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Transport and retention of differently coated CeO2 nanoparticles in saturated sediment columns under laboratory and near-natural conditions

Degenkolb, Laura; Dippon, Urs; Pabst, Silke; Klitzke, Sondra

FG Bodenkunde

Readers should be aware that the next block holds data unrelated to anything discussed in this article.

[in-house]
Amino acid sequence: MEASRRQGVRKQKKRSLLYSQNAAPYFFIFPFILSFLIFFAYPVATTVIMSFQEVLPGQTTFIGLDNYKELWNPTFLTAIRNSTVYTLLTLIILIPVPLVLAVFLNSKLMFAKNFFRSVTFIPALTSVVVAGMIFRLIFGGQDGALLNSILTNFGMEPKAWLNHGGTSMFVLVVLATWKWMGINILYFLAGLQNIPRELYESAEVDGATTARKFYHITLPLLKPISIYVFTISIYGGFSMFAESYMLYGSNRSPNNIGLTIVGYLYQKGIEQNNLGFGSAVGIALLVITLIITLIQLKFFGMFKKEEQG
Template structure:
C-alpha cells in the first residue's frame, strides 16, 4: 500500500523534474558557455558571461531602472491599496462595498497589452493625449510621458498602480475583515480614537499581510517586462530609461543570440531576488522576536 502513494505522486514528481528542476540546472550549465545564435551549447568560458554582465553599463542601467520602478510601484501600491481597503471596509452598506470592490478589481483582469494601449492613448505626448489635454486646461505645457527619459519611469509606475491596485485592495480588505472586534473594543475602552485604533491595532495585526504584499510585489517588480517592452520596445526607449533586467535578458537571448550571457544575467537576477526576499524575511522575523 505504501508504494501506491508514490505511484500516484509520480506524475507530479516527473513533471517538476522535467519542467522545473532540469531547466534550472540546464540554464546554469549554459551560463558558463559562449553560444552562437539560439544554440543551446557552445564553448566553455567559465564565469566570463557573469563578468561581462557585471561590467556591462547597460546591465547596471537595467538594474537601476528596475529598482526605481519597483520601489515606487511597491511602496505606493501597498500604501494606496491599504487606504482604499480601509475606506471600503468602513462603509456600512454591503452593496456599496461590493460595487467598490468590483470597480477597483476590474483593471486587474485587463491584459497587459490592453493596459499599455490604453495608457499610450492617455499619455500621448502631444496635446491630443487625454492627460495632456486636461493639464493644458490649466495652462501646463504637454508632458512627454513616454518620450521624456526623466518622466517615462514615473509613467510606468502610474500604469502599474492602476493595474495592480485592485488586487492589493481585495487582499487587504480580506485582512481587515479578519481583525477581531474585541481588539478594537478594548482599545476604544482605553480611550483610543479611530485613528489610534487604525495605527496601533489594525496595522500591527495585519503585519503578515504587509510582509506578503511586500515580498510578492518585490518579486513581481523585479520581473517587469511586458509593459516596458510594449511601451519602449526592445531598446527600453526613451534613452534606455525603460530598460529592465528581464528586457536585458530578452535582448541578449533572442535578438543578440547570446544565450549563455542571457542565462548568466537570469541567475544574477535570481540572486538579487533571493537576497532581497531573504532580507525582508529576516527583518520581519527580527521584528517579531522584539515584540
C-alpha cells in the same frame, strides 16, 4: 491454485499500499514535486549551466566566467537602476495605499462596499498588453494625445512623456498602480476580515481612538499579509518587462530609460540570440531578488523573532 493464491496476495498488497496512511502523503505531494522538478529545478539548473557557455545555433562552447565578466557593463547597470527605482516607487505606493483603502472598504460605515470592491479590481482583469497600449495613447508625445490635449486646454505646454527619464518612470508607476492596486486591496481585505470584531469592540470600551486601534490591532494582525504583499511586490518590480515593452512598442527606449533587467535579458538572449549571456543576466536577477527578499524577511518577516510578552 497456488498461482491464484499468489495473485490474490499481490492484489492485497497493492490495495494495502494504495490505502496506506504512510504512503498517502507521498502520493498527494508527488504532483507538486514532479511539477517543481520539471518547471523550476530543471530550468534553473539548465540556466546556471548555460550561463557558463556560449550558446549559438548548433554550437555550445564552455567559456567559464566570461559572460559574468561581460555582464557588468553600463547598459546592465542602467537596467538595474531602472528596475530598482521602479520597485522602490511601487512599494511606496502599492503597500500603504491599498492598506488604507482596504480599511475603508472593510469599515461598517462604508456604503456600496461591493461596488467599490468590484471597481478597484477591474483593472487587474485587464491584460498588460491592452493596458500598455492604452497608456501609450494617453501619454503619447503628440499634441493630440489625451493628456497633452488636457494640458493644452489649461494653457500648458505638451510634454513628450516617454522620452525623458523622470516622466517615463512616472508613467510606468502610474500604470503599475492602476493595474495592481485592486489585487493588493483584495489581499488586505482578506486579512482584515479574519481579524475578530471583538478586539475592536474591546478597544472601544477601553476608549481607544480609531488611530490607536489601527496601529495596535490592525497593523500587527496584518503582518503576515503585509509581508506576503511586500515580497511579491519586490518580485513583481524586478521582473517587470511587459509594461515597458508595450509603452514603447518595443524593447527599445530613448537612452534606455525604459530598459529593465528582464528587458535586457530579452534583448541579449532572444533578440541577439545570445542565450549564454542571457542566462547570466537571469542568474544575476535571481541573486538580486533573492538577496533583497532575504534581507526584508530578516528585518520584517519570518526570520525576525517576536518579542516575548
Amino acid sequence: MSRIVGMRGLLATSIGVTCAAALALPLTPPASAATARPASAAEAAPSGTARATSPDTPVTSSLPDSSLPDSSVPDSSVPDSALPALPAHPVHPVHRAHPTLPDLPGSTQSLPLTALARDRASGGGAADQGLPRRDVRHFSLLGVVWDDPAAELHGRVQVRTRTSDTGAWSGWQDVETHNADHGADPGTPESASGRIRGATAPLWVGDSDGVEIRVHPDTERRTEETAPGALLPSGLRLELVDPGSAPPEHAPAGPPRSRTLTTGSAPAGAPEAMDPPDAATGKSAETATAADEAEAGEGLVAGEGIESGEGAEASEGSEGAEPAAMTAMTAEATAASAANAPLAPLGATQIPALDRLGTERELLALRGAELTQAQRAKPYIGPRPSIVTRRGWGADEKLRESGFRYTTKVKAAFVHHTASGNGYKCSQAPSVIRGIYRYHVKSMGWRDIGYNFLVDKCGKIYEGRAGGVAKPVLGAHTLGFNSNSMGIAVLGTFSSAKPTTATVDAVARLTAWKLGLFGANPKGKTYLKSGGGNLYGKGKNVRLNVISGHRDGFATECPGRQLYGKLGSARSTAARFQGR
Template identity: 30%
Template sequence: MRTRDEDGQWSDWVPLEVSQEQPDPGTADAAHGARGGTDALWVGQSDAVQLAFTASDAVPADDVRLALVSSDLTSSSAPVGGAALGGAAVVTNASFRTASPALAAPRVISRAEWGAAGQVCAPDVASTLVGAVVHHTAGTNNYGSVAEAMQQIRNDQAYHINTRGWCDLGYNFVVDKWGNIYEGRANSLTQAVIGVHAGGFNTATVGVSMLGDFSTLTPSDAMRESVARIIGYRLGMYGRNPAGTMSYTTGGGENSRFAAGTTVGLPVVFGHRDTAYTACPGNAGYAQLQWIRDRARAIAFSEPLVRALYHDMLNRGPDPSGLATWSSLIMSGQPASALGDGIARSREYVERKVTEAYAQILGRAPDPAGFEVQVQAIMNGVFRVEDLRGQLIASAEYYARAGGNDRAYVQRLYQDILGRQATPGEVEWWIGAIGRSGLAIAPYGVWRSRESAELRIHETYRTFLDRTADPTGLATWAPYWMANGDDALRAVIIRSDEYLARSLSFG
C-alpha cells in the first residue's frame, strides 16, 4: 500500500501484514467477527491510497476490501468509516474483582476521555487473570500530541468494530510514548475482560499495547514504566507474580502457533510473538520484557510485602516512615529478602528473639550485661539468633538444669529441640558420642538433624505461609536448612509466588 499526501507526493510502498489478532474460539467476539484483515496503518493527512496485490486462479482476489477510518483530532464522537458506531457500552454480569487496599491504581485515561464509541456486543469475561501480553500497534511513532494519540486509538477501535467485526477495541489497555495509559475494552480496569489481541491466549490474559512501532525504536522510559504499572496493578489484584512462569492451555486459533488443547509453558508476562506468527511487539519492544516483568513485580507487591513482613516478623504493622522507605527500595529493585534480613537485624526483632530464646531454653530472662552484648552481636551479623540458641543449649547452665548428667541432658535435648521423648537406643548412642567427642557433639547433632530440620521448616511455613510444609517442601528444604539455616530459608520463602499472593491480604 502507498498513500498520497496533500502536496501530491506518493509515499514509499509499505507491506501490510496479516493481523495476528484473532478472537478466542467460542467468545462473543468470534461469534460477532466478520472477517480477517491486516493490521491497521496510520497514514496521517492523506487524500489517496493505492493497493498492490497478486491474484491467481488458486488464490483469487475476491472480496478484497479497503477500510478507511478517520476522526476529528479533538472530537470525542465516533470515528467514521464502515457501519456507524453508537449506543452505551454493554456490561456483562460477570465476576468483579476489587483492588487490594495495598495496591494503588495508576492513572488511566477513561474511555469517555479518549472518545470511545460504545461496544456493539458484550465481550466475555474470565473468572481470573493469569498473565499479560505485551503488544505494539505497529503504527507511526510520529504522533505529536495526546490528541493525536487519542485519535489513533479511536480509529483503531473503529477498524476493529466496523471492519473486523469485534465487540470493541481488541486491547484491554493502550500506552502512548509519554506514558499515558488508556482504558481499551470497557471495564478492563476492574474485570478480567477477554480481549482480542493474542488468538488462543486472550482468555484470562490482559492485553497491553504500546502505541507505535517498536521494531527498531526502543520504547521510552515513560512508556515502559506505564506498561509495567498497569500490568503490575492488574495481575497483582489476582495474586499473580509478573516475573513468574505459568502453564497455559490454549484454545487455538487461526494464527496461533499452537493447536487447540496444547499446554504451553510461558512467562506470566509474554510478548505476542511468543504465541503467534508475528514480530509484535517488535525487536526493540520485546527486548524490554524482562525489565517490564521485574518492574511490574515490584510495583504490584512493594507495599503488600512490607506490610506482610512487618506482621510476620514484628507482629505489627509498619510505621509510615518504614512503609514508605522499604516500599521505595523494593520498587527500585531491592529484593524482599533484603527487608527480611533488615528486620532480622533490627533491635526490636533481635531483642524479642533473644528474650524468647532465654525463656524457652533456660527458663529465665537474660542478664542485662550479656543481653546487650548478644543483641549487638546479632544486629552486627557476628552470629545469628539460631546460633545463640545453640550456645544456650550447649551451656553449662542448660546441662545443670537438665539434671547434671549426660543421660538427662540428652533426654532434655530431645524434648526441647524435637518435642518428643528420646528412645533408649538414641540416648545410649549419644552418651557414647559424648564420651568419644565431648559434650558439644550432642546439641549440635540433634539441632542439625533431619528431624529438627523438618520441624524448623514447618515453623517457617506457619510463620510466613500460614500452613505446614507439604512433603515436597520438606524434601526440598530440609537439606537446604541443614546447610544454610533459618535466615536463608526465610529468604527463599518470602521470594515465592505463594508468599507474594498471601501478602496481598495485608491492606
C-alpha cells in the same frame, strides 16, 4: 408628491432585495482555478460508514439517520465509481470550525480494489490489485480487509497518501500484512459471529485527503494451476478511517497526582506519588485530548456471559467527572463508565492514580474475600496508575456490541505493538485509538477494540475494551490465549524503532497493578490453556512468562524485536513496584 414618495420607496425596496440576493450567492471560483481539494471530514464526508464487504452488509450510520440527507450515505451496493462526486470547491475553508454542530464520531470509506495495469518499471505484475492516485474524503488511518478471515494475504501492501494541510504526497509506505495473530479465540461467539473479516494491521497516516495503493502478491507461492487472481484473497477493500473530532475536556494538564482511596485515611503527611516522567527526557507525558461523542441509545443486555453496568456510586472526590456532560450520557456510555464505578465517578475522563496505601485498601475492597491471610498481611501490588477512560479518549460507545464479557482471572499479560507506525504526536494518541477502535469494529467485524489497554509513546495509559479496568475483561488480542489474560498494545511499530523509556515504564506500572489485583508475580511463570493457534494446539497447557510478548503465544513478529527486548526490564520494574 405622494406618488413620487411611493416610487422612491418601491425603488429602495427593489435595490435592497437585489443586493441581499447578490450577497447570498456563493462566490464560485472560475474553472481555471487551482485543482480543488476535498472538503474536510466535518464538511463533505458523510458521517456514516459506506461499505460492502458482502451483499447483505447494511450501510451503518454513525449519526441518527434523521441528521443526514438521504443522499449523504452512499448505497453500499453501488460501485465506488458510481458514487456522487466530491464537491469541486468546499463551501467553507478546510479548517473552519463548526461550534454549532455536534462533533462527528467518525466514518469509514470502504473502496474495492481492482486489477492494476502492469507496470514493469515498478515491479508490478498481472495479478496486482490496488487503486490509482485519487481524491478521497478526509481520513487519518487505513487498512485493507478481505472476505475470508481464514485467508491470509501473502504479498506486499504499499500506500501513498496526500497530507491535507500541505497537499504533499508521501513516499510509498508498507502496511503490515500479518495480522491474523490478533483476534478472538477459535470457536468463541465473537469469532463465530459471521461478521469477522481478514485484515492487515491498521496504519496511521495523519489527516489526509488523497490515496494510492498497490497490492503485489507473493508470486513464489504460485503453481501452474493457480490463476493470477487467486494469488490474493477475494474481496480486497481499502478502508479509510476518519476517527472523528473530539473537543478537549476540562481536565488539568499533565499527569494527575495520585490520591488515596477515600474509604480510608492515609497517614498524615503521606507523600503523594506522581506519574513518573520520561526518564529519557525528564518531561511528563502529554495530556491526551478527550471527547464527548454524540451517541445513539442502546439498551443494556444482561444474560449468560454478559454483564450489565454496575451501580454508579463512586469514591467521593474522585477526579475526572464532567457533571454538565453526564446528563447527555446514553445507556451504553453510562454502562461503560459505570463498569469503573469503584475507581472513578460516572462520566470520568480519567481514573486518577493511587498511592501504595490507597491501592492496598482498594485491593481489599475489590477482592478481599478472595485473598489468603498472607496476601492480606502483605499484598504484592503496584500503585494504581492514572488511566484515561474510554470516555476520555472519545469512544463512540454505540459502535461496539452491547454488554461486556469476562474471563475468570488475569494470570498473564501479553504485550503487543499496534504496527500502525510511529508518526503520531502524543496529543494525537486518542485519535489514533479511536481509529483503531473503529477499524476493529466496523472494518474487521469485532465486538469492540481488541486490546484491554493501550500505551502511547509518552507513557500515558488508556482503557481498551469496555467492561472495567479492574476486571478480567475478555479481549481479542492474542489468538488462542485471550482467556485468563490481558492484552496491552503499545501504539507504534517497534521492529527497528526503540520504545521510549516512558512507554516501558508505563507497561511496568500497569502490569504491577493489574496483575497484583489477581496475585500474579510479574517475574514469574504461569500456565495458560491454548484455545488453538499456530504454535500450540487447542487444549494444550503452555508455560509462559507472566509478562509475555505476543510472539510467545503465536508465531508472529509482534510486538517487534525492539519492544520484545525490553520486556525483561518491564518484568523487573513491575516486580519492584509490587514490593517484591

Where surface-functionalized engineered nanoparticles (NP) occur in drinking water catchments, understanding their transport within and between environmental compartments such as surface water and groundwater is crucial for risk assessment of drinking water resources. The transport of NP is mainly controlled by (i) their surface properties, (ii) water chemistry, and (iii) surface properties of the stationary phase. Therefore, functionalization of NP surfaces by organic coatings may change their fate in the environment. In laboratory columns, we compared the mobility of CeO2 NP coated by the synthetic polymer polyacrylic acid (PAA) with CeO2 NP coated by natural organic matter (NOM) and humic acid (HA), respectively. The effect of ionic strength on transport in sand columns was investigated using deionized (DI) water and natural surface water with 2.2 mM Ca2+ (soft) and 4.5 mM Ca2+ (hard), respectively. Furthermore, the relevance of these findings was validated in a near-natural bank filtration experiment using HA-CeO2 NP. PAA-CeO2 NP were mobile under all tested water conditions, showing a breakthrough of 60% irrespective of the Ca2+ concentration. In contrast, NOM-CeO2 NP showed a lower mobility with a breakthrough of 27% in DI and < 10% in soft surface water. In hard surface water, NOM-CeO2 NP were completely retained in the first 2 cm of the column. The transport of HA-CeO2 NP in laboratory columns in soft surface water was lower compared to NOM-CeO2 NP with a strong accumulation of CeO2 NP in the first few centimeters of the column. Natural coatings were generally less stabilizing and more susceptible to increasing Ca2+ concentrations than the synthetic coating. The outdoor column experiment confirmed the low mobility of HA-CeO2 NP under more complex environmental conditions. From our experiments, we conclude that the synthetic polymer is more efficient in facilitating NP transport than natural coatings and hence, CeO2 NP mobility may vary significantly depending on the surface coating.